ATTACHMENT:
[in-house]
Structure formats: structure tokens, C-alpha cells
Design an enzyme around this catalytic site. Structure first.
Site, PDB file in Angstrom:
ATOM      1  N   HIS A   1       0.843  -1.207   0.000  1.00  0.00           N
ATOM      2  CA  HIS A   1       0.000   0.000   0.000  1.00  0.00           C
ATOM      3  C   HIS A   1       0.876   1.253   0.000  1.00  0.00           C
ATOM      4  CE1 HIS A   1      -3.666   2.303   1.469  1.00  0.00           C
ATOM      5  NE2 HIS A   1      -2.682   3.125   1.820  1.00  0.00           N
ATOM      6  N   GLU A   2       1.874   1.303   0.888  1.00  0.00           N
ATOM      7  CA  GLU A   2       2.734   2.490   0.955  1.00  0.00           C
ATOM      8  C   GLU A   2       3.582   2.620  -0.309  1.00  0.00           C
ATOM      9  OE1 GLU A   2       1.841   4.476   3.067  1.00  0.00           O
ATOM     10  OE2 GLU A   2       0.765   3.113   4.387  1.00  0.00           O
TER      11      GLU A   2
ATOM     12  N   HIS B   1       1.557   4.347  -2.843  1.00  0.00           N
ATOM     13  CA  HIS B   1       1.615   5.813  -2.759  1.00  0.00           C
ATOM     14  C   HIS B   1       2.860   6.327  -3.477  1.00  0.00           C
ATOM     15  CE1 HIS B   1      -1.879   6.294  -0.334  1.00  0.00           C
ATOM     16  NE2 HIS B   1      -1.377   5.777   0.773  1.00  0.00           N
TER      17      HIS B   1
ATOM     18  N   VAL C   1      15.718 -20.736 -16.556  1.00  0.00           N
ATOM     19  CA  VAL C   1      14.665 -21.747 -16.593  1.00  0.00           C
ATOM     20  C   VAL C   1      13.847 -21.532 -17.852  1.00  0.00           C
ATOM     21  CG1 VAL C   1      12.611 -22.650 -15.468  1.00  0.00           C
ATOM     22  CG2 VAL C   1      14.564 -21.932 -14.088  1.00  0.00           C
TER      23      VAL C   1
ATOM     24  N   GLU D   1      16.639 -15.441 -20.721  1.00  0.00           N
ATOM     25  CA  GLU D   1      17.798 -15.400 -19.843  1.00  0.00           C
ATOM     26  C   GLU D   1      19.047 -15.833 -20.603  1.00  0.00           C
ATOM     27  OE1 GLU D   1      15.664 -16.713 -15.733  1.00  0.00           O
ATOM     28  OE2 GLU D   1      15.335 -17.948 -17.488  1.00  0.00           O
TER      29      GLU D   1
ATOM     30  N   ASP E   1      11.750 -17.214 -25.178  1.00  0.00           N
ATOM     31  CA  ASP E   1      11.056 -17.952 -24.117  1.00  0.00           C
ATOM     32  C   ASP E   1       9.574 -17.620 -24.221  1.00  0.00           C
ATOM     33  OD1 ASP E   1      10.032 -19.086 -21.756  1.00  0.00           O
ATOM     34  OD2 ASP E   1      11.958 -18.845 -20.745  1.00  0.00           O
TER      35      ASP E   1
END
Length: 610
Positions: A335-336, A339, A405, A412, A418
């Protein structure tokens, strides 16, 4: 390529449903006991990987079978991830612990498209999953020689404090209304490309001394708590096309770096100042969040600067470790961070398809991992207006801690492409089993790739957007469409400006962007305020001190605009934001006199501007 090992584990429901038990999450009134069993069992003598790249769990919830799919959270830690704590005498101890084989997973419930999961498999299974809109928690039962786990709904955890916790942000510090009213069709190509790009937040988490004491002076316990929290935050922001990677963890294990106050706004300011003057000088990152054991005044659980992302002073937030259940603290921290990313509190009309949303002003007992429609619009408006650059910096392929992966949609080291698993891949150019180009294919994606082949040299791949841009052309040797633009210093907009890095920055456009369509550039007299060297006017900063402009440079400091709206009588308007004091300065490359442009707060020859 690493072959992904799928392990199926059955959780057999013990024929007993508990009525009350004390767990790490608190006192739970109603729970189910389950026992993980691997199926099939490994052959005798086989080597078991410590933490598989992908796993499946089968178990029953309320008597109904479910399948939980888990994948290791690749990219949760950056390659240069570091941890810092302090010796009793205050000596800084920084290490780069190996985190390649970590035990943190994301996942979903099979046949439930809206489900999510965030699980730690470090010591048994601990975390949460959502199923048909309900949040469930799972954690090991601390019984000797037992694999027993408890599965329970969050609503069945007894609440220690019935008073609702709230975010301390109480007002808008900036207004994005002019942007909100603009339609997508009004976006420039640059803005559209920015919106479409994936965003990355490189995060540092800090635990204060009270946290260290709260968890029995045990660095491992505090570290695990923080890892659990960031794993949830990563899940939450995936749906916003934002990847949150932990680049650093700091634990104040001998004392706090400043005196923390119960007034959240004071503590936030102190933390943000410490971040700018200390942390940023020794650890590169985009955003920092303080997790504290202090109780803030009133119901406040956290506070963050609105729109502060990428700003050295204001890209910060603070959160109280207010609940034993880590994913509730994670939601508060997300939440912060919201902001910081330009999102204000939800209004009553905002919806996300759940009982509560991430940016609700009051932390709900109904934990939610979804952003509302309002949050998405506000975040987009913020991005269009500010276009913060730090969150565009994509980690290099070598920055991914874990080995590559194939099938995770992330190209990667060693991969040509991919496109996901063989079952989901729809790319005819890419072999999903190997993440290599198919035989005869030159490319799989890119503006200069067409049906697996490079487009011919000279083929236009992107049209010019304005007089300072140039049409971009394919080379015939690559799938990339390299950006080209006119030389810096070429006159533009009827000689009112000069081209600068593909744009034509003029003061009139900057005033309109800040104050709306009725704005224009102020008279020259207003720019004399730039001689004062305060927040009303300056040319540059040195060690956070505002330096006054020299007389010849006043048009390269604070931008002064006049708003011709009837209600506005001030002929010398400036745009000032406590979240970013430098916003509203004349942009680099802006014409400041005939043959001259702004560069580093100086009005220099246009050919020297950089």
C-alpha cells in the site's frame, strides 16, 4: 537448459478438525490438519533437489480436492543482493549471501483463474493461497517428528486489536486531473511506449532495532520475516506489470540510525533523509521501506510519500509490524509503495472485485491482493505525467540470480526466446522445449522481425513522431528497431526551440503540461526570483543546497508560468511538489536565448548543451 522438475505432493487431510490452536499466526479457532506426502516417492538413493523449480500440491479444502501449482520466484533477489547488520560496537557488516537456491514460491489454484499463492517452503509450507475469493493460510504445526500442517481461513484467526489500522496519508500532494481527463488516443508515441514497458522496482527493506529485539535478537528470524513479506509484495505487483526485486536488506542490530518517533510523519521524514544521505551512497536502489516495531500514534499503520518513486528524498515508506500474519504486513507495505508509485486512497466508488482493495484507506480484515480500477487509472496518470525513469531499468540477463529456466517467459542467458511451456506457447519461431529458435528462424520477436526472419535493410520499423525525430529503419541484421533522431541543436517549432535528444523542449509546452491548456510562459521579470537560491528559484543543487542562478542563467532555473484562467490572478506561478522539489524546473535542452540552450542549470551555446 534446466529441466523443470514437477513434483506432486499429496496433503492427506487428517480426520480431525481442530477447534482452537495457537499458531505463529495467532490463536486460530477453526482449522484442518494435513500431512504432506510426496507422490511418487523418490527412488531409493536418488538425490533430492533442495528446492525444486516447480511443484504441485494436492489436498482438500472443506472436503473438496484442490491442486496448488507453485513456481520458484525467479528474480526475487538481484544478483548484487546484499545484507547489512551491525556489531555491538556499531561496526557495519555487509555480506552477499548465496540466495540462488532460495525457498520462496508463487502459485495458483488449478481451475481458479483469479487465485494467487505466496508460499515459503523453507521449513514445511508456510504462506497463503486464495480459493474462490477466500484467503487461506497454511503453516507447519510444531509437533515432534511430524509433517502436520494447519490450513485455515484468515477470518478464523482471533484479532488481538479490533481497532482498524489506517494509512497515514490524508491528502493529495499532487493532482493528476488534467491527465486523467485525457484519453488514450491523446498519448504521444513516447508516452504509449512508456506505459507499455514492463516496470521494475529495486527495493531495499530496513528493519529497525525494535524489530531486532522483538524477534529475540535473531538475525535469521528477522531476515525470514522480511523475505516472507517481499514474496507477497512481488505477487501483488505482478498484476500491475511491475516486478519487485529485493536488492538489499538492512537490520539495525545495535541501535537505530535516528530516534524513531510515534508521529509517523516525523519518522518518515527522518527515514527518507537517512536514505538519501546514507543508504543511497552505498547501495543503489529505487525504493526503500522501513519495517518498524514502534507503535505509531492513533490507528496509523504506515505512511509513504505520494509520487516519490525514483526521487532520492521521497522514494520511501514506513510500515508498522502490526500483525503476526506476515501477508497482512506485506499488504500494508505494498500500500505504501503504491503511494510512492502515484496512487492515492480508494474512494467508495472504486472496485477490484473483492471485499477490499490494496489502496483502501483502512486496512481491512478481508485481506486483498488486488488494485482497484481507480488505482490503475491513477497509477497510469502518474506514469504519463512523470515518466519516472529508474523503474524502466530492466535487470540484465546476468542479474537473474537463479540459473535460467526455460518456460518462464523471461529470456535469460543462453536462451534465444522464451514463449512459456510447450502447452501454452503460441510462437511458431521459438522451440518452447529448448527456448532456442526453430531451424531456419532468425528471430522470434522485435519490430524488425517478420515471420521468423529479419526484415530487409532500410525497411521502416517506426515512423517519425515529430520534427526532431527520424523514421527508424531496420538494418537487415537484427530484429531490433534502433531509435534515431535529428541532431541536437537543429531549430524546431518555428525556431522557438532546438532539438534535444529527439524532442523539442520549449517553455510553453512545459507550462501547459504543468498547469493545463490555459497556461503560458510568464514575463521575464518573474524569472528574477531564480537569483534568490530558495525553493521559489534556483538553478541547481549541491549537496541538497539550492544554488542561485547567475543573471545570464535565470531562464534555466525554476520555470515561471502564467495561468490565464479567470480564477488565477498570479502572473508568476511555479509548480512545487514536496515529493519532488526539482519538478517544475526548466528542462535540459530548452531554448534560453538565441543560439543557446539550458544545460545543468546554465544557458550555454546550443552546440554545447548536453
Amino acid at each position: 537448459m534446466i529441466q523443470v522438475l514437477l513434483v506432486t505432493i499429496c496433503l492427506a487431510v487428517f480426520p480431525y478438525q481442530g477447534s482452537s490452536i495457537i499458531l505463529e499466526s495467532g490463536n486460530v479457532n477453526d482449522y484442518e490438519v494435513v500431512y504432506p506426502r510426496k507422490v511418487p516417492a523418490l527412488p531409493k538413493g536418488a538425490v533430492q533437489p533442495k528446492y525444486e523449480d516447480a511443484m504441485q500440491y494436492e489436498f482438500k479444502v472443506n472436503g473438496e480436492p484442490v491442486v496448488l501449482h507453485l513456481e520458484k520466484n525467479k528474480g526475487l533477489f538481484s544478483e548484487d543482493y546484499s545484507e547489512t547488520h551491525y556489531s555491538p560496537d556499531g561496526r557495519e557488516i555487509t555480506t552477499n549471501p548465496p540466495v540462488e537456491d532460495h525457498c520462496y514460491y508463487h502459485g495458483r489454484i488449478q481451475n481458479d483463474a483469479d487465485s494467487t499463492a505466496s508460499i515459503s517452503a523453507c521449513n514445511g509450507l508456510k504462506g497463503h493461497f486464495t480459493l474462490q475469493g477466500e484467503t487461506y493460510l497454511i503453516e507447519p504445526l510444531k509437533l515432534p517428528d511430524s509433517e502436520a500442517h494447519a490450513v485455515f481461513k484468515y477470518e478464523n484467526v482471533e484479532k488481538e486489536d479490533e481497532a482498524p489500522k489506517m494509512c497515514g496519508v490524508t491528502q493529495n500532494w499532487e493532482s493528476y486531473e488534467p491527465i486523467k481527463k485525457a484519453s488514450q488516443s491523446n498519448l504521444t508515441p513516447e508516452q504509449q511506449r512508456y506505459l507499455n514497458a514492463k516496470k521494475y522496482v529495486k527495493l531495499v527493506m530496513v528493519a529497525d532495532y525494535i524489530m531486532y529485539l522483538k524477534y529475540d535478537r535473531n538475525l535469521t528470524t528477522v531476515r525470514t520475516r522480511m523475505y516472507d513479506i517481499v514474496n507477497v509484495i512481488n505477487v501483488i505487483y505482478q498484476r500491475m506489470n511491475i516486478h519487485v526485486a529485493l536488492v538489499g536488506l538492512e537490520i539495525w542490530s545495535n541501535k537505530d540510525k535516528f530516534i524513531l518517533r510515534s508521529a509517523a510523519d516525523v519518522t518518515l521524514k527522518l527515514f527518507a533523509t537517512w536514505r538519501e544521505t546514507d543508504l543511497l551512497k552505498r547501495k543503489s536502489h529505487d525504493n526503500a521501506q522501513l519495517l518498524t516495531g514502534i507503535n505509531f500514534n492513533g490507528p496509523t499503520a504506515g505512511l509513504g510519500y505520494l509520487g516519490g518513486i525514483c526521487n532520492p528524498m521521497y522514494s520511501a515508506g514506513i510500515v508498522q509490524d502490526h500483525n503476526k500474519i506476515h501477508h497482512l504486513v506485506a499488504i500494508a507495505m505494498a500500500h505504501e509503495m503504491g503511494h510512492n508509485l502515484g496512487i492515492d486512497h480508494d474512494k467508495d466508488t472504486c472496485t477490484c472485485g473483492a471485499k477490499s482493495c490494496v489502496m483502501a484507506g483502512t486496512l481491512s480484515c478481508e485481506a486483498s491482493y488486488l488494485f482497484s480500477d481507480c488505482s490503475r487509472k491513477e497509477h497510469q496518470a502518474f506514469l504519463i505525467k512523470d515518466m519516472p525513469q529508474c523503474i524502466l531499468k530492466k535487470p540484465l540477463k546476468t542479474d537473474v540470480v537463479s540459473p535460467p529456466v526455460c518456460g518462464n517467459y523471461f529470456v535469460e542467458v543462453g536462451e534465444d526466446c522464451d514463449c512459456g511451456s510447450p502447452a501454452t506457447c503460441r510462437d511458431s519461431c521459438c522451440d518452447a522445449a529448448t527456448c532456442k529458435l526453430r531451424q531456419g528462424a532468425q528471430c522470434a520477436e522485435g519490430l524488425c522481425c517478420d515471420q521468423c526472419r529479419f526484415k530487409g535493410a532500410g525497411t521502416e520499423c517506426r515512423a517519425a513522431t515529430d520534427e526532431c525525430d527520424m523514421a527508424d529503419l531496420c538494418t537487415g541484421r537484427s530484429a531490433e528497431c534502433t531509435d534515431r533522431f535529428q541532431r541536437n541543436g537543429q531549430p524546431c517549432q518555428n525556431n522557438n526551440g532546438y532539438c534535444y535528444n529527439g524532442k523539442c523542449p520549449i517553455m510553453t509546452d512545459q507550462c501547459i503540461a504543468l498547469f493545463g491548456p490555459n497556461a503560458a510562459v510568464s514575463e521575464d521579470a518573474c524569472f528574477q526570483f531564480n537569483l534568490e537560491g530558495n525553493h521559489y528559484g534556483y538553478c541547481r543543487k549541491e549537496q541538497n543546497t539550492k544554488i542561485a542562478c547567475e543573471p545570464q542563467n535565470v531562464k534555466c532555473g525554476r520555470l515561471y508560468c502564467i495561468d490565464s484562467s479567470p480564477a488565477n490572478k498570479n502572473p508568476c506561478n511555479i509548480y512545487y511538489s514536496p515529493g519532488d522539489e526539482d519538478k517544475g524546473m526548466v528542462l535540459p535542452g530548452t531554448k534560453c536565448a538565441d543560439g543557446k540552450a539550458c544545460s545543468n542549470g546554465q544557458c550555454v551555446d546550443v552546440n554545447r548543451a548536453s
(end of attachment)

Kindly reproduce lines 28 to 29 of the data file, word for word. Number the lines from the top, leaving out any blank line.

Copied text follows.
ATOM     24  N   GLU D   1      16.639 -15.441 -20.721  1.00  0.00           N
ATOM     25  CA  GLU D   1      17.798 -15.400 -19.843  1.00  0.00           C